Diablo Cody
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Screenwriters stranger than fiction

By Deborah Netburn, Los Angeles Times Staff Writer

It isn’t often that a screenwriter gets the kind of attention that “Juno” scribe Diablo Cody has received over the past few months. But then, most screenwriters haven’t invented such an interesting story for themselves.

Born Brook Busey-Hunt, the much-lauded screenwriter studied creative writing in college, but later abandoned her job at an advertising agency to begin stripping -- under her new name -- and then blogged about it the moment she got off stage.

Thanks to the stripping gig, that saucy new stripper handle, and a suggestively titled blog, it wasn’t long before Busey-Hunt landed a book deal. And when she turned her hand to screenwriting (a Hollywood agent’s suggestion), her first script was quickly acquired.

Of course, Busey-Hunt is far from the first screenwriter to use an unusual self-mythology to get a script into the right hands, and to use that same story to get butts into seats when the film gets made.

Here are a few other screenwriters whose back stories have helped them land in the media’s harsh glare: (Juan Gonzalez / EPA)
Stephen Gaghan: The freebasing boy genius

Though he had been working as a professional screenwriter since 1994, it wasn’t until Gaghan wrote the script for Steven Soderbergh’s “Traffic” in 2000 that he garnered an unusual amount of attention for a screenwriter. Winning an Oscar helped him get press and accolades, but it also helped that he was suddenly very vocal about his past drug use. “I wasn’t much different from my [high school] peers, except where they could stop drinking after three or six or 10 drinks, I couldn’t stop and wouldn’t stop until I had progressed through marijuana, cocaine, heroin and, finally, crack and freebase…” he wrote in a 2001 article for “Newsweek.” (Myung J. Chun / Los Angeles Times)
David Benioff: Bouncer with a dream

We’re not sure why this screenwriter changed his name from David Friedman to David Benioff (mother’s maiden name), but as a way to distinguish his name from what we imagine are the dozens of other David Friedman’s (or Freedman’s) trying to get a screenwriting deal in this town, we can only say it was a very savvy move. Benioff, who grew up wealthy in NYC (his father was reportedly chairman of Goldman Sachs for a while), worked as a club bouncer and a high school English teacher before dropping those jobs after “25th Hour,” his novel-turned-Spike-Lee-joint started gaining attention. (Paul Buck / EPA)
Aaron Sorkin: Big-time talent with big-time binges

To be fair, Aaron Sorkin earned his fame the old-fashioned way — by creating a distinctive voice, building a loyal audience and arguably making one of the best political shows that has ever aired on television. But that fame also ensured front-page headlines when he was arrested at the Burbank airport trying to smuggle psychedelic mushrooms, pot and crack cocaine in his luggage on a quick trip to Las Vegas. (Frederick M. Brown / Getty Images)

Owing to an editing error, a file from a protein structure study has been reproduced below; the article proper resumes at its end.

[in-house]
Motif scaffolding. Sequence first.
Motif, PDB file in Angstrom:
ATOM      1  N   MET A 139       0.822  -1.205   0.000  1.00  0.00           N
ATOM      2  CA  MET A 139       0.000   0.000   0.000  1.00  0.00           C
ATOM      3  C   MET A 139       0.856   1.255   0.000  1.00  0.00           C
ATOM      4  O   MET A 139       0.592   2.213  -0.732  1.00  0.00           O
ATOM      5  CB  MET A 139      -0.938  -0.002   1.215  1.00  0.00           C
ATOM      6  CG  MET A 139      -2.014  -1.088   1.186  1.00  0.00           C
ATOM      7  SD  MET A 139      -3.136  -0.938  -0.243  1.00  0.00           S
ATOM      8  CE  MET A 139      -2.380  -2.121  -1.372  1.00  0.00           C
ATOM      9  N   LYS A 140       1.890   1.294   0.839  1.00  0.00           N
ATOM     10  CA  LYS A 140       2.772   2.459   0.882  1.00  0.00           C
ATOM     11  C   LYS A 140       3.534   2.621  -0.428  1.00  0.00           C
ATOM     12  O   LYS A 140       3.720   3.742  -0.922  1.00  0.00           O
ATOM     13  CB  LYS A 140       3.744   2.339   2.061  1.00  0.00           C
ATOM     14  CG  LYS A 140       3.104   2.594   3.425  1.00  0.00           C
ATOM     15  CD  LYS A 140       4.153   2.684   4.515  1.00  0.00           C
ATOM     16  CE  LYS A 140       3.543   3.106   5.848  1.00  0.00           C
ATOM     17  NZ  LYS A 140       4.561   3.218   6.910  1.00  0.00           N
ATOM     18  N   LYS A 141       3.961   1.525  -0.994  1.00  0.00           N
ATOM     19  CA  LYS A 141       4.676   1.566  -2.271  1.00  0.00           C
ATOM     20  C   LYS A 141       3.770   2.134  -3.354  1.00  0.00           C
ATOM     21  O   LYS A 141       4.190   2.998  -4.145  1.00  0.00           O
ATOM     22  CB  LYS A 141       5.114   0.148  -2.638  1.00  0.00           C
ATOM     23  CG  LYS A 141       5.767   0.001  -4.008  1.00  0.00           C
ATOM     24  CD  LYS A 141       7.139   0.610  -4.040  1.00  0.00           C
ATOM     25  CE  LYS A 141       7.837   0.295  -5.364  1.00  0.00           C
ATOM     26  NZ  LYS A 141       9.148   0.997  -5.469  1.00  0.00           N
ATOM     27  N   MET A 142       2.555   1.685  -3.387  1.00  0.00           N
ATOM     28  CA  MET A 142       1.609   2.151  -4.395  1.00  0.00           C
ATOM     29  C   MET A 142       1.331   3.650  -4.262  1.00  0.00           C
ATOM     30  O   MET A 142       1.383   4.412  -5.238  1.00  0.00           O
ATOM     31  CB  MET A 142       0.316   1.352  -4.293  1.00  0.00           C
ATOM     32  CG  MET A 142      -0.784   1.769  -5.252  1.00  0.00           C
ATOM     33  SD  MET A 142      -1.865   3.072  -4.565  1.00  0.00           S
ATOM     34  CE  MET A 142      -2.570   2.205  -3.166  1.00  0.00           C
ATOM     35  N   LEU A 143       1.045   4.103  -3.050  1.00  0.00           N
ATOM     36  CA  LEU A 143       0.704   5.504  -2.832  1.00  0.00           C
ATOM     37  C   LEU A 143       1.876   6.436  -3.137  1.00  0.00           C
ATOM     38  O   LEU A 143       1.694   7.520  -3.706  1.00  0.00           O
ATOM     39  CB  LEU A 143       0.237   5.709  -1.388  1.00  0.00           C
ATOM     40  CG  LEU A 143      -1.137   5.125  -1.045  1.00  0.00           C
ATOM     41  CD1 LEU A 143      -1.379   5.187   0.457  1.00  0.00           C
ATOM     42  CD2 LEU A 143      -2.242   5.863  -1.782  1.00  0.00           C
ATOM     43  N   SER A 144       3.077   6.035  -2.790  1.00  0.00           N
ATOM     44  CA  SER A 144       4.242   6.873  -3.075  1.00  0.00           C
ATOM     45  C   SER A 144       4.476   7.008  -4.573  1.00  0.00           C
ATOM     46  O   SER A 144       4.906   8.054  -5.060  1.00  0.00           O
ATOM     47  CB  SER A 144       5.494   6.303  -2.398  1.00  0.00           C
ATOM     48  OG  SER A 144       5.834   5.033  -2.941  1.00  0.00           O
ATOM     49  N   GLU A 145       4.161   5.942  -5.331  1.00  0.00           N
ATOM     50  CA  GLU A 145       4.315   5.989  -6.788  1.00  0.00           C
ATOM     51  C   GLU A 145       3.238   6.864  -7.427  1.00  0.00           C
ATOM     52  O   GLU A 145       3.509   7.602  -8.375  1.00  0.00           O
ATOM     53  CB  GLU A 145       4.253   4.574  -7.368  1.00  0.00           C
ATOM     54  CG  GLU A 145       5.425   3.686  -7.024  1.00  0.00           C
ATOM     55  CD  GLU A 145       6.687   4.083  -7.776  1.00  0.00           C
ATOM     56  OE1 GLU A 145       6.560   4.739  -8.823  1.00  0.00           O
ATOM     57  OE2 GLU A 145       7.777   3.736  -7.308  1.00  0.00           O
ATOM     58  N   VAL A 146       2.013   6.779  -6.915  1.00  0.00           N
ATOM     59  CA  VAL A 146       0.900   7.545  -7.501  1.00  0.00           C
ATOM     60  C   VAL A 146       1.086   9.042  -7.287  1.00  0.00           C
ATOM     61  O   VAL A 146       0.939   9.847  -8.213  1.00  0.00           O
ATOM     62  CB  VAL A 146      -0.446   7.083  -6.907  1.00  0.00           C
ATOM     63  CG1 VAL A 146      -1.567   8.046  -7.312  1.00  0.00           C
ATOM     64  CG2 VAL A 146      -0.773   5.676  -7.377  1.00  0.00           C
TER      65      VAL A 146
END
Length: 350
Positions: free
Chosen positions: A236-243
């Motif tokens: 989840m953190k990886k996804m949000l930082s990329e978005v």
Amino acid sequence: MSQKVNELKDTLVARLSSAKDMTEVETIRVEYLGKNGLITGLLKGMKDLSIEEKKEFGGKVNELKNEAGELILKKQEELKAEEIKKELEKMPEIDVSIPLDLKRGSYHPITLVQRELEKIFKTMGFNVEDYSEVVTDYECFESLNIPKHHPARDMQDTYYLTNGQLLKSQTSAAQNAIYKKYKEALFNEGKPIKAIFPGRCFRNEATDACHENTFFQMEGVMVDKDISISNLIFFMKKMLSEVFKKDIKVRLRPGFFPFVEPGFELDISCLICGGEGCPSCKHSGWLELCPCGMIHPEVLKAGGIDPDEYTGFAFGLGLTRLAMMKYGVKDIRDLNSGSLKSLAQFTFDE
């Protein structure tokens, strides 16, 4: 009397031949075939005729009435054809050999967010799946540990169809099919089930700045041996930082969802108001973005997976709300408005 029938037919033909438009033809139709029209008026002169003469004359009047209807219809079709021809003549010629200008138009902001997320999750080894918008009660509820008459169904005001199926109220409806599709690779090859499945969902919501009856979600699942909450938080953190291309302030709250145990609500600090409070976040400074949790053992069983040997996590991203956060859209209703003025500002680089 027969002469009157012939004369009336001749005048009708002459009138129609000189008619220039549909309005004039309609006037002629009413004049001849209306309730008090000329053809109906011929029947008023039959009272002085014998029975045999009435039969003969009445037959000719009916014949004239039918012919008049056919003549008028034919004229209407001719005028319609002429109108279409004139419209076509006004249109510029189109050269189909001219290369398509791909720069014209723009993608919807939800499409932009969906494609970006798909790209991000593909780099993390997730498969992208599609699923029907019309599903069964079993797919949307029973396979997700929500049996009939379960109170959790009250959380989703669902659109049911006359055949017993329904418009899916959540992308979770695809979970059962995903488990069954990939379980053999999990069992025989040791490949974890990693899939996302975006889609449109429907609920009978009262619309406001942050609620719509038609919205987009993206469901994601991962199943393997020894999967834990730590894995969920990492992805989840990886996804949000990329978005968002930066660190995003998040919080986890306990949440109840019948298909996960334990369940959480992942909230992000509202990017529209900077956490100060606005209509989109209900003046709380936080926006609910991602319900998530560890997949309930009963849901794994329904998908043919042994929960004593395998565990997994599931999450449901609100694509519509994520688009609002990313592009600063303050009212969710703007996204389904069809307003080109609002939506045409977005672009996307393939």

Antwone Fisher: The security guard who sold his life story

Nothing about screenwriter, poet and author Antwone Fisher’s life has been run of the mill. He spent nine years of his childhood in a foster home where he was physically and emotionally abused, then joined the Navy and eventually became a security guard at Sony. Word of his life story developed a life of its own around the lot and development execs seized on it. He eventually sold the screenplay to Fox with Denzel Washington directing. (Luis Sinco / Los Angeles Times)
Naomi Foner Gyllenhaal: When your kids keep you from running on empty

In 1988, Naomi Foner was nominated for an Oscar and won a Golden Globe for writing the Sidney Lumet directed “Running on Empty.” The attention she garnered then snagged her deals with Barbra Streisand and Steven Spielberg, but few of the many projects that came her way worked out and she slowly drifted into obscurity. That is until 2004, when she wrote the critically acclaimed “Bee Season” under her new last name—Gyllenhaal. “I didn’t decide to use Gyllenhaal because my kids are famous,” she told the New York Times around the time of the film’s release. But would the New York Times have written a story about her if she hadn’t? We’ll never know. (Damon Winter / Los Angeles Times)
Melissa Mathison: Call her connected

She started out as Francis Ford Coppola’s baby-sitter. And despite having had an impressive career as a screenwriter before marrying her movie star husband in 1983 — she’d already penned “The Black Stallion” and “E.T.: The Extra-Terrestrial” — Melissa Mathison surely became a more, shall we say, “interesting” story after becoming Mrs. Harrison Ford during the height of her husband’s career. No longer married, he continues to play Indiana Jones, while she has moved on to writing books. (Timothy White / Paramount Pictures)
Diablo Cody: Stripping to the top

Who knows what would have happened if the screenplay for “Juno” had been submitted to movie execs by a 29-year-old advertising copywriter named Brook Busey-Hunt, rather than a former stripper who dubbed herself Diablo Cody. Maybe they would have loved it, signed an up-and-coming director to the project and submitted it to Sundance. Yeah, maybe. (Carlos Chavez / Los Angeles Times)